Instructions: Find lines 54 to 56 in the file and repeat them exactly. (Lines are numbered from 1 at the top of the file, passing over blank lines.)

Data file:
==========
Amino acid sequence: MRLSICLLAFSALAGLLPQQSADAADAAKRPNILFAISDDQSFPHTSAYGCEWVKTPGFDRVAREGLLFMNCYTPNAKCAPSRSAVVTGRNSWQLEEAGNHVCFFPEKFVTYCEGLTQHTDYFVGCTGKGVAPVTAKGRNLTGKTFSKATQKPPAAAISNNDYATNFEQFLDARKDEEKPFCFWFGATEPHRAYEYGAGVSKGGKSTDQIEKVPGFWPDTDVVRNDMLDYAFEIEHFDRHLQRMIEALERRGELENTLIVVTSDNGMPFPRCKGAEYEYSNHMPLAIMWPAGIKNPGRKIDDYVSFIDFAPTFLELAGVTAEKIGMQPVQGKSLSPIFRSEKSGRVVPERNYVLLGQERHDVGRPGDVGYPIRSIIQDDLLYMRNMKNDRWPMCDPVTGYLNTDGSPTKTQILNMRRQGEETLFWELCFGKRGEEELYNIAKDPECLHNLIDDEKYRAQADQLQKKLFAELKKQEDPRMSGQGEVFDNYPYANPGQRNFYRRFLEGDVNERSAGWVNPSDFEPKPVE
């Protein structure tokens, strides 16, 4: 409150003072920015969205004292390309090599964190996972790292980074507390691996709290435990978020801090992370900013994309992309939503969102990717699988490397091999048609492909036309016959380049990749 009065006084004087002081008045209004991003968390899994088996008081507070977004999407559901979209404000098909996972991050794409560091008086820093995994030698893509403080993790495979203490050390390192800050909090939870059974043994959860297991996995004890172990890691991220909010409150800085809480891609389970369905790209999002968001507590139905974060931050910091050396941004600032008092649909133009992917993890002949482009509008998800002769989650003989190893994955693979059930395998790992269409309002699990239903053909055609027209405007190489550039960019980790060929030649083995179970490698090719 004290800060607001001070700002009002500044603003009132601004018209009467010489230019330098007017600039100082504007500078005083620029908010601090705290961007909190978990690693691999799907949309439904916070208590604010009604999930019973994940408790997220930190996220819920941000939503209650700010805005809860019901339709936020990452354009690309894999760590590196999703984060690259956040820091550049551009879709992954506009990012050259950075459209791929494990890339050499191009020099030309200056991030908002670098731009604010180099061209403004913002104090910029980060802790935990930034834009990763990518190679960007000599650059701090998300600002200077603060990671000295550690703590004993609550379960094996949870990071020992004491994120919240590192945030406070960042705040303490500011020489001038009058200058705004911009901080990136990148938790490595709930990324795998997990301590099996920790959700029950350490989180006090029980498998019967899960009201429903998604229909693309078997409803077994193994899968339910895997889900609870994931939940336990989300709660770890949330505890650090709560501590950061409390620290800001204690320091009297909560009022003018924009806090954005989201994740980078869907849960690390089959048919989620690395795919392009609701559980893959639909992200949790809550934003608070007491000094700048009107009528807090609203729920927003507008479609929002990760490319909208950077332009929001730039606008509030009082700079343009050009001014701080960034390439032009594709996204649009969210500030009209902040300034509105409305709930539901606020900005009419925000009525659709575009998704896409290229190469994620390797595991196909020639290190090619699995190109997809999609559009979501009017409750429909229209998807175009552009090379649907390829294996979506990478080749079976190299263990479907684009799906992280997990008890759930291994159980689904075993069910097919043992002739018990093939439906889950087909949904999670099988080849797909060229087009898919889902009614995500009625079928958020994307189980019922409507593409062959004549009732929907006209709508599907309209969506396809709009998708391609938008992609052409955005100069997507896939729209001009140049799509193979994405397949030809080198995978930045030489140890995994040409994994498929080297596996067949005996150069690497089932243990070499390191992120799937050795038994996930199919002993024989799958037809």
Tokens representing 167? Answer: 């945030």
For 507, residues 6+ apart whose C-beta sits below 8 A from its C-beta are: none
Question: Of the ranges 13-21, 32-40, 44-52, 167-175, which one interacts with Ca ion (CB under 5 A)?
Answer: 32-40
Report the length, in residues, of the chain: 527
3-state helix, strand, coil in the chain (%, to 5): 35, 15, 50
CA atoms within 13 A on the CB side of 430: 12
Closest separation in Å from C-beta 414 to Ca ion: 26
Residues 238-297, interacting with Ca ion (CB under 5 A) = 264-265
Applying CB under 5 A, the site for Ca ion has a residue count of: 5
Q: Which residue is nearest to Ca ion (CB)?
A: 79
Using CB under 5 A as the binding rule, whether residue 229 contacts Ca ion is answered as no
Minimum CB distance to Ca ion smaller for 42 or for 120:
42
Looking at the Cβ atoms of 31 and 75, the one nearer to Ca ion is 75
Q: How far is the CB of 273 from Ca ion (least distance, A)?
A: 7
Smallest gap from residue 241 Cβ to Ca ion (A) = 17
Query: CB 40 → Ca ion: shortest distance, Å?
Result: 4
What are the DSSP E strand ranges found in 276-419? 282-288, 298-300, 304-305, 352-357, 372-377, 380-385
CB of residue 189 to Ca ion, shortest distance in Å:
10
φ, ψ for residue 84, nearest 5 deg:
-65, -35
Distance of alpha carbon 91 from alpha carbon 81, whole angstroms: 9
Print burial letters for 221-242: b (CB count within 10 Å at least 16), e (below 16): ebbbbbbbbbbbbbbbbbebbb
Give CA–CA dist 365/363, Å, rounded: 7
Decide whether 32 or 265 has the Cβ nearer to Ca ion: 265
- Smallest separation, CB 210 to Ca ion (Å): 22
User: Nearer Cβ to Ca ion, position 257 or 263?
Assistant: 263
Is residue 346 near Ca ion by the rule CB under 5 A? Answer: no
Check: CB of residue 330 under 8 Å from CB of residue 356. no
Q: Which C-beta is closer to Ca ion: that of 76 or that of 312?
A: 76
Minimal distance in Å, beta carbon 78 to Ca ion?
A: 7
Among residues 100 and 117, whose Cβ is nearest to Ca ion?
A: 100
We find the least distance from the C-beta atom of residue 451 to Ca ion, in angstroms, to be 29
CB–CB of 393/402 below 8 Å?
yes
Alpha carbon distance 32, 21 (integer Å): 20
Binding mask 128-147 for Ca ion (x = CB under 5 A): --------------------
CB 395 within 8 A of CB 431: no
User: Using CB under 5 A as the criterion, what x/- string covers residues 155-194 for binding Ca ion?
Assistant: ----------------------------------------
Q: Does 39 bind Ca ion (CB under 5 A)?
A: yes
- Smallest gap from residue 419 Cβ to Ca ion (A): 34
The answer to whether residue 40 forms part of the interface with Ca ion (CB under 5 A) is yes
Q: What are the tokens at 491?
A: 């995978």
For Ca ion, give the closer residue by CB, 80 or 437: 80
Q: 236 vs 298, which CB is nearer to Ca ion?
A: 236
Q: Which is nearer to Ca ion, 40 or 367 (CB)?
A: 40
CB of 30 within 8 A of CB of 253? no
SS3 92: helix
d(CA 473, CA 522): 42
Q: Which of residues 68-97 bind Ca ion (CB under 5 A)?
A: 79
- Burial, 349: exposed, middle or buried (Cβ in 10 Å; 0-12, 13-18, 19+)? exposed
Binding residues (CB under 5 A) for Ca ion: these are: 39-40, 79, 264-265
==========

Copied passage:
- Smallest gap from residue 419 Cβ to Ca ion (A): 34
The answer to whether residue 40 forms part of the interface with Ca ion (CB under 5 A) is yes
Q: What are the tokens at 491?